Until recently, COVID-19 tests have been associated with long turnaround times of more than 24 hours.
In a June 10 study published in the Journal of the American Chemical Society, UC Irvine Professor John Chaput, PhD, and PhD student Kefan Yang developed a nucleic acid detection system, named REVEALR, which offers an easy-to-use point-of-care platform that has a one-hour turnaround time and avoids the need for expensive instrumentation.
“The turnaround times of 24 hours or more prompted a need for alternative public health screening tools,” Chaput said. “The problem was exacerbated by the need for specialized equipment, reagents, and trained personnel, which may be unavailable in rural communities or developing countries.”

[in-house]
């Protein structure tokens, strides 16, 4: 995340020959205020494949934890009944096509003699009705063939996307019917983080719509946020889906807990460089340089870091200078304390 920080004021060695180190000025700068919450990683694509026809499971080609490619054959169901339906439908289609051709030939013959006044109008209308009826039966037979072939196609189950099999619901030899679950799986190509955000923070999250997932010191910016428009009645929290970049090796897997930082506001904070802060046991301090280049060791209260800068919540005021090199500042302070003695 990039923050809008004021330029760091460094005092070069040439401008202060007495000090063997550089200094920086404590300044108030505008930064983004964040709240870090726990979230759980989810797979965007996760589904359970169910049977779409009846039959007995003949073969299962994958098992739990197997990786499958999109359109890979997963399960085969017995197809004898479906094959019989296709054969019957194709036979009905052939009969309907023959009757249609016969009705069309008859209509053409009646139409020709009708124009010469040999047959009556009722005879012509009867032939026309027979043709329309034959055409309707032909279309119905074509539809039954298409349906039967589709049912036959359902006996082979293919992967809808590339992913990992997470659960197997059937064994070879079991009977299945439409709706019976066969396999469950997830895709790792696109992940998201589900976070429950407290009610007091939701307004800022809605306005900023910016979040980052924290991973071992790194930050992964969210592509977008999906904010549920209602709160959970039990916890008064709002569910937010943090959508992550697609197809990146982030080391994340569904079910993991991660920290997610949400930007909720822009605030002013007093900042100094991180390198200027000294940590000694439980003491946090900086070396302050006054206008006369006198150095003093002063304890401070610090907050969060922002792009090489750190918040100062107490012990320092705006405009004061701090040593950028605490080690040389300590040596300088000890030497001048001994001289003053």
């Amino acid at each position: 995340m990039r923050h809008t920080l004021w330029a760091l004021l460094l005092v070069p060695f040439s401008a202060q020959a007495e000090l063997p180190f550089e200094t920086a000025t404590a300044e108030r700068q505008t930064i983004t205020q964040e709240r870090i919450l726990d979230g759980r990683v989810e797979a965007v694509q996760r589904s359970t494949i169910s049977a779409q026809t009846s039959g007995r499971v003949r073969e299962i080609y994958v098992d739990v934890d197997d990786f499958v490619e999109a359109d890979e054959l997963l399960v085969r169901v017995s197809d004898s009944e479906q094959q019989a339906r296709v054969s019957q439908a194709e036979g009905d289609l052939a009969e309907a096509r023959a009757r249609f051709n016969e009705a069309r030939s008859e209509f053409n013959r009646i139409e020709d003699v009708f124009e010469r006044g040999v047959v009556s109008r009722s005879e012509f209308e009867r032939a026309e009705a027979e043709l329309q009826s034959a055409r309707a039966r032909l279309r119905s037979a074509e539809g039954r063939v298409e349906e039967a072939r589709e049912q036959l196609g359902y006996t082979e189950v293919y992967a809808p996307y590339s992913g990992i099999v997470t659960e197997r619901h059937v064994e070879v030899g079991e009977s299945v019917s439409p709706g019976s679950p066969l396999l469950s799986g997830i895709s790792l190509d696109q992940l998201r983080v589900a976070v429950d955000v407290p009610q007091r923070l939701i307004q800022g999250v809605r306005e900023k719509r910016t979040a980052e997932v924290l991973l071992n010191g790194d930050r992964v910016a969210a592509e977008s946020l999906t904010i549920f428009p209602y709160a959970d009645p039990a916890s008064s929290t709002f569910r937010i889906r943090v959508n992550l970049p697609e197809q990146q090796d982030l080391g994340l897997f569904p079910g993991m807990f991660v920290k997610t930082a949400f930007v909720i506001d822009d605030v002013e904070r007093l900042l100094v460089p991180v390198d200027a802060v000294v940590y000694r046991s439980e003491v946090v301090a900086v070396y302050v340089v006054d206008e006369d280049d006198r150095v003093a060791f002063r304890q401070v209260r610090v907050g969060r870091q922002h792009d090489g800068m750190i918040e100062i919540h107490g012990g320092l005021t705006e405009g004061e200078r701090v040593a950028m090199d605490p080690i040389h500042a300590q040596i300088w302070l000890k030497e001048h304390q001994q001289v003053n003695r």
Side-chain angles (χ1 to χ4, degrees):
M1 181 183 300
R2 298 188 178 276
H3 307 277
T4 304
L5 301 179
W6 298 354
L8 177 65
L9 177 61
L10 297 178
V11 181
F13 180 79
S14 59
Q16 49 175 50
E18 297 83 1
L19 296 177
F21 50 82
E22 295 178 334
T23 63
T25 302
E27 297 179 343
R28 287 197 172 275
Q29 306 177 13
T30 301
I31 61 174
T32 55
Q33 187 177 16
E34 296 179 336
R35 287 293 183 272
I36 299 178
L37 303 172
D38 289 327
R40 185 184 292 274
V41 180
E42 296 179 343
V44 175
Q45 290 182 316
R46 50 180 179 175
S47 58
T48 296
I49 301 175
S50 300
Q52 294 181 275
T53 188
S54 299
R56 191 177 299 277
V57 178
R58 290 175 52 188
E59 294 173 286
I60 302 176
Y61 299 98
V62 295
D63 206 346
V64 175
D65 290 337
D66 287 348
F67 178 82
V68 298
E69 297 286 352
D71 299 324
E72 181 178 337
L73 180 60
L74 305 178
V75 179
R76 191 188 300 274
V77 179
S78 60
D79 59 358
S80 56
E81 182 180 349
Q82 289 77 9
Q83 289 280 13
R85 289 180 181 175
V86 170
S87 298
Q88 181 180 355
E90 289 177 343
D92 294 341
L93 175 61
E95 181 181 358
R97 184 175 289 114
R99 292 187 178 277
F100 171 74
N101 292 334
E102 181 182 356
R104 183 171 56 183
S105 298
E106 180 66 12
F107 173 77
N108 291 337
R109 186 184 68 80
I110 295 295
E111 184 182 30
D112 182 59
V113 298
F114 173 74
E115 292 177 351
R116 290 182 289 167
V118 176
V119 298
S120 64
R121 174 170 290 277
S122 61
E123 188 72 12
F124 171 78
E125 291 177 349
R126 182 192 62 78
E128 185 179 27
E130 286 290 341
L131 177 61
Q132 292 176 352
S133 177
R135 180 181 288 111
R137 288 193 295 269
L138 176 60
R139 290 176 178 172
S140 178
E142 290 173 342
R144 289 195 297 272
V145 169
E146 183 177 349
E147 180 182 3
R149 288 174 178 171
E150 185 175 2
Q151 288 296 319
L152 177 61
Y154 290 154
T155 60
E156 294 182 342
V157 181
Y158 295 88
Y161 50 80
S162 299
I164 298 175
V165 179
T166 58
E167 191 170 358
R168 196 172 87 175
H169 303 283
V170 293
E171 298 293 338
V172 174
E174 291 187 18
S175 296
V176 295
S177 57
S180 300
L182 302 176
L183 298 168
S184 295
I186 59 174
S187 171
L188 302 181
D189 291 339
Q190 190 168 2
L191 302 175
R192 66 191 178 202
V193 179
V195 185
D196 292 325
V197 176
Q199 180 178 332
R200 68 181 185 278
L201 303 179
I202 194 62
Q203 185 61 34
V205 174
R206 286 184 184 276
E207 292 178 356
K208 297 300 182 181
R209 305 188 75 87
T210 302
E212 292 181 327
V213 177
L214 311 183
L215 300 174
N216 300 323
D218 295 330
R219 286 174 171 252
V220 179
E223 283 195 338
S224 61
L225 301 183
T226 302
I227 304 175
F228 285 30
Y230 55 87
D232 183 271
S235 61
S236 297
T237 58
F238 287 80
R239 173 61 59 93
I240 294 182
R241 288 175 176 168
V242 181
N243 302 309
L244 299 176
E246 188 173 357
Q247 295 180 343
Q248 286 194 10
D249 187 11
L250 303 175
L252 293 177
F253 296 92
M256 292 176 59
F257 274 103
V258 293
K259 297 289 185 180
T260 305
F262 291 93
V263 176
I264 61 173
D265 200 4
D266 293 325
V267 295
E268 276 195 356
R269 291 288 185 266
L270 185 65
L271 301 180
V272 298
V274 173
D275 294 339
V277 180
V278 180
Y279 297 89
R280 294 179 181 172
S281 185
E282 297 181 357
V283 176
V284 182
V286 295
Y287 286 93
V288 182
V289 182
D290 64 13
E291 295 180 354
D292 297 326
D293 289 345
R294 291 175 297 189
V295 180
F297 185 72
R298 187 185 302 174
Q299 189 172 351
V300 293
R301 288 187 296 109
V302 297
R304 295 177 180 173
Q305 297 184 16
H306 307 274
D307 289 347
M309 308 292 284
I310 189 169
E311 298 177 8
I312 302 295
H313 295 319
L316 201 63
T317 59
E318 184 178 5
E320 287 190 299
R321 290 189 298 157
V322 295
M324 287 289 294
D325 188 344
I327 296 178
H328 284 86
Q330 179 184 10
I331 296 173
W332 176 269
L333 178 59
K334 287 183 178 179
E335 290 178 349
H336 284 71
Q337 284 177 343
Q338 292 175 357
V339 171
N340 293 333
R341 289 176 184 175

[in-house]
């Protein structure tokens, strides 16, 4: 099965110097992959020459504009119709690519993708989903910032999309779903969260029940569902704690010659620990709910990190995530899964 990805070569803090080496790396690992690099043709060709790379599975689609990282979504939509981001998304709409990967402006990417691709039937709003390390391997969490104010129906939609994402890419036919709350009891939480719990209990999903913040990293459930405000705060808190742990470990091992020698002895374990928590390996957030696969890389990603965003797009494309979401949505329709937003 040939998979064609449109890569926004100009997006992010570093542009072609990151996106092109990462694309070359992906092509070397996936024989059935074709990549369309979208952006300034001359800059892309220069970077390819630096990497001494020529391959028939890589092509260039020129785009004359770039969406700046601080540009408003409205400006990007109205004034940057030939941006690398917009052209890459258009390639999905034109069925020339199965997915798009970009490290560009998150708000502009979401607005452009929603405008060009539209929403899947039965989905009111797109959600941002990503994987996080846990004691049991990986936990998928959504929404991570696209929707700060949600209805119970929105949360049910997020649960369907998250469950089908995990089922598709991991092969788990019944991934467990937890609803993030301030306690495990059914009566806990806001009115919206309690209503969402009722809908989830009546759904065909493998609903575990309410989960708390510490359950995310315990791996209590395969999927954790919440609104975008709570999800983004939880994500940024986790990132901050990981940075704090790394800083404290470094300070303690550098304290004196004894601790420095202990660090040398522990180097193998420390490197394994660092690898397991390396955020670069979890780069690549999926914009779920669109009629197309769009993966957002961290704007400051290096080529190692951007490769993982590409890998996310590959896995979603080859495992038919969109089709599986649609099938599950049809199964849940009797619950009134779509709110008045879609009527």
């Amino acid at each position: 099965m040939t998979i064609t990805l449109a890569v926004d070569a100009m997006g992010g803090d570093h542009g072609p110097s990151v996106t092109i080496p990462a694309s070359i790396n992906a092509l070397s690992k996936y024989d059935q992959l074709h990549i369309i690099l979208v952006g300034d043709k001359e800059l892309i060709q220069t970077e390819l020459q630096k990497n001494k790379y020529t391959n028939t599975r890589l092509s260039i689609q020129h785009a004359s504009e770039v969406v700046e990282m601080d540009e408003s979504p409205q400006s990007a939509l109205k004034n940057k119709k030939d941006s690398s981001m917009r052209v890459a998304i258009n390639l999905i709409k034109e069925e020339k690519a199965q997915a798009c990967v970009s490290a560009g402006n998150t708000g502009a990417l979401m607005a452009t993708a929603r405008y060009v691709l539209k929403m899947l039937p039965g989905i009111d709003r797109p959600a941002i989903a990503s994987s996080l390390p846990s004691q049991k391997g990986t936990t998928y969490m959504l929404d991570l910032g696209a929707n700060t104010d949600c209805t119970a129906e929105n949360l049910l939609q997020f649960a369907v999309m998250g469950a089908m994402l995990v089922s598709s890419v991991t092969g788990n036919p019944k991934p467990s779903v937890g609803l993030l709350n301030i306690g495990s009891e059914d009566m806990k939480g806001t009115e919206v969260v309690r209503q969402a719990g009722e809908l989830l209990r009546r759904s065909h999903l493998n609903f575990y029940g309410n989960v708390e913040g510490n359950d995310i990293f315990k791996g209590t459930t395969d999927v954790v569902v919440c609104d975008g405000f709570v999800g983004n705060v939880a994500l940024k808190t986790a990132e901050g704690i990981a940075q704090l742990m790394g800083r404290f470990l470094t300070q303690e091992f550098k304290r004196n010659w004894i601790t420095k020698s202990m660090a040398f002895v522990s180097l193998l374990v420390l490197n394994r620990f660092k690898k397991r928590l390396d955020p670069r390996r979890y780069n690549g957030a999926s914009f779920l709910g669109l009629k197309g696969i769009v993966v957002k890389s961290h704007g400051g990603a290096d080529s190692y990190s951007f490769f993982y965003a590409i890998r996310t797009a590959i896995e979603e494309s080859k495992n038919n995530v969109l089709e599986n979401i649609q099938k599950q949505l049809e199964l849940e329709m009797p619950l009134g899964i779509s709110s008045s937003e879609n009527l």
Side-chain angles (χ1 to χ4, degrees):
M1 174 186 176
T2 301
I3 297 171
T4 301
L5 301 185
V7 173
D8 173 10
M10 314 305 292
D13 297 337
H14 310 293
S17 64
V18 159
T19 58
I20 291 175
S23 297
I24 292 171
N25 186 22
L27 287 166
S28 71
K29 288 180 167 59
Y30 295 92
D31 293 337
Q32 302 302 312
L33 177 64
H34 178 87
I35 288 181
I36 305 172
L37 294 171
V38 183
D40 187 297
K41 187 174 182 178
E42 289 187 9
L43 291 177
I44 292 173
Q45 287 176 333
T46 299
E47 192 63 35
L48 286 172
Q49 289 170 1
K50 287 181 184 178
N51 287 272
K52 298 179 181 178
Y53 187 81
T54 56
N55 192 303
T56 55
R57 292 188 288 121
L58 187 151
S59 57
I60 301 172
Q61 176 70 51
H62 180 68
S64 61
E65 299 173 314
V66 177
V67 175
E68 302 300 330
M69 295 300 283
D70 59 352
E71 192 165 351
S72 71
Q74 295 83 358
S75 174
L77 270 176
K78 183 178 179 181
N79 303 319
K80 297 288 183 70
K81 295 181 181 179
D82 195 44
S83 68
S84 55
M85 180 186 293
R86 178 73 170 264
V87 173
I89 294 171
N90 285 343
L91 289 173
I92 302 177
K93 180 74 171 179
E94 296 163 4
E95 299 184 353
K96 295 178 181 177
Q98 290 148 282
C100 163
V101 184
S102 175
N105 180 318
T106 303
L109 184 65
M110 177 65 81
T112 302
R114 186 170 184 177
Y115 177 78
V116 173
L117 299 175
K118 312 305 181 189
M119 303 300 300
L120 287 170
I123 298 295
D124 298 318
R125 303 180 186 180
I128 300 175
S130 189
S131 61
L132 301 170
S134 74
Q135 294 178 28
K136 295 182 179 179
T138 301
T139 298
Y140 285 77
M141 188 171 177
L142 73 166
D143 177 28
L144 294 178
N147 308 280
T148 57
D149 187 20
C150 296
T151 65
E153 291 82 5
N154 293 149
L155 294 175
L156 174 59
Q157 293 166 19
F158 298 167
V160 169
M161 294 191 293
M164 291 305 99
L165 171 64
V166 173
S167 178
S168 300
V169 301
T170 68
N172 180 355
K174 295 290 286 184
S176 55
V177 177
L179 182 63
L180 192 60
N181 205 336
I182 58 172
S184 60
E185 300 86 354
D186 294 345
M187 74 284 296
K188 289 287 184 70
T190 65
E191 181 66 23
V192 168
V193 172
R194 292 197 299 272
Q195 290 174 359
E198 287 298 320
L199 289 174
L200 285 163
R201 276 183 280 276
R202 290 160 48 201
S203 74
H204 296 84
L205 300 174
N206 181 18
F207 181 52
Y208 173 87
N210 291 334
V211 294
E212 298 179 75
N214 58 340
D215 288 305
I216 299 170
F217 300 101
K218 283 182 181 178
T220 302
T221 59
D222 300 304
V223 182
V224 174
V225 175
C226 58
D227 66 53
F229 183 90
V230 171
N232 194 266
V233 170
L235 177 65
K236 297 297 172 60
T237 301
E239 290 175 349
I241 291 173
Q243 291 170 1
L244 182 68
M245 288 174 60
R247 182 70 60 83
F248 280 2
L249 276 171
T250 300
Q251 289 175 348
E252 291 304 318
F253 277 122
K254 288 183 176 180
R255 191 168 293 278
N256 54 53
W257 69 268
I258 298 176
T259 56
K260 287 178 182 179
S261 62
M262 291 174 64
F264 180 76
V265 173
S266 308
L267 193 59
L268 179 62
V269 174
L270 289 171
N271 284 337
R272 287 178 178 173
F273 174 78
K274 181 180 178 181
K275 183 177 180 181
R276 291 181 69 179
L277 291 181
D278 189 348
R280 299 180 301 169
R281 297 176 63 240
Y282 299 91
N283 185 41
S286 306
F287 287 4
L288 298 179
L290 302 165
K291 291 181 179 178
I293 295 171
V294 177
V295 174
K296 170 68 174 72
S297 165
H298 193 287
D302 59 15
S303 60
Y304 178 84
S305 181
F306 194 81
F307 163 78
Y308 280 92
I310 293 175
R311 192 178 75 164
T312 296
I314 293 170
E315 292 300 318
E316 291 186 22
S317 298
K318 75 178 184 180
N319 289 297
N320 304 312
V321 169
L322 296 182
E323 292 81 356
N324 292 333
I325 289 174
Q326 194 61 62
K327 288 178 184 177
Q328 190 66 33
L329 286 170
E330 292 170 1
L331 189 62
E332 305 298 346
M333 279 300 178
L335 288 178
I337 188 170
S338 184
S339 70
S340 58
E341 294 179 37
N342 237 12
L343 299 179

Relative to related CRISPR-based systems, REVEALR has several advantages, including:
- Broader sequence targetability due to the absence of constraints imposed by the protospacer adjacent motif (PAM)
- Increased simplicity by avoiding the need for protein expression and purification
- Reduced cost of detection because the sensor is based entirely on synthetic oligonucleotides
These features, along with a programmable platform and a nucleic acid enzyme that can compete with a protein enzyme in a diagnostic assay, make REVEALR an attractive system for pathogen detection.
As Chaput and Yang look ahead, they aim to establish the next version of REVEALR to be amplification-free and rapid with a turnaround time of 30 minutes or less.
“Overall, the new system is expected to have high sensitivity without the preamplification step so that the detection process could potentially be faster and cheaper,” Chaput said.
To read the complete study, visit pubs.acs.org.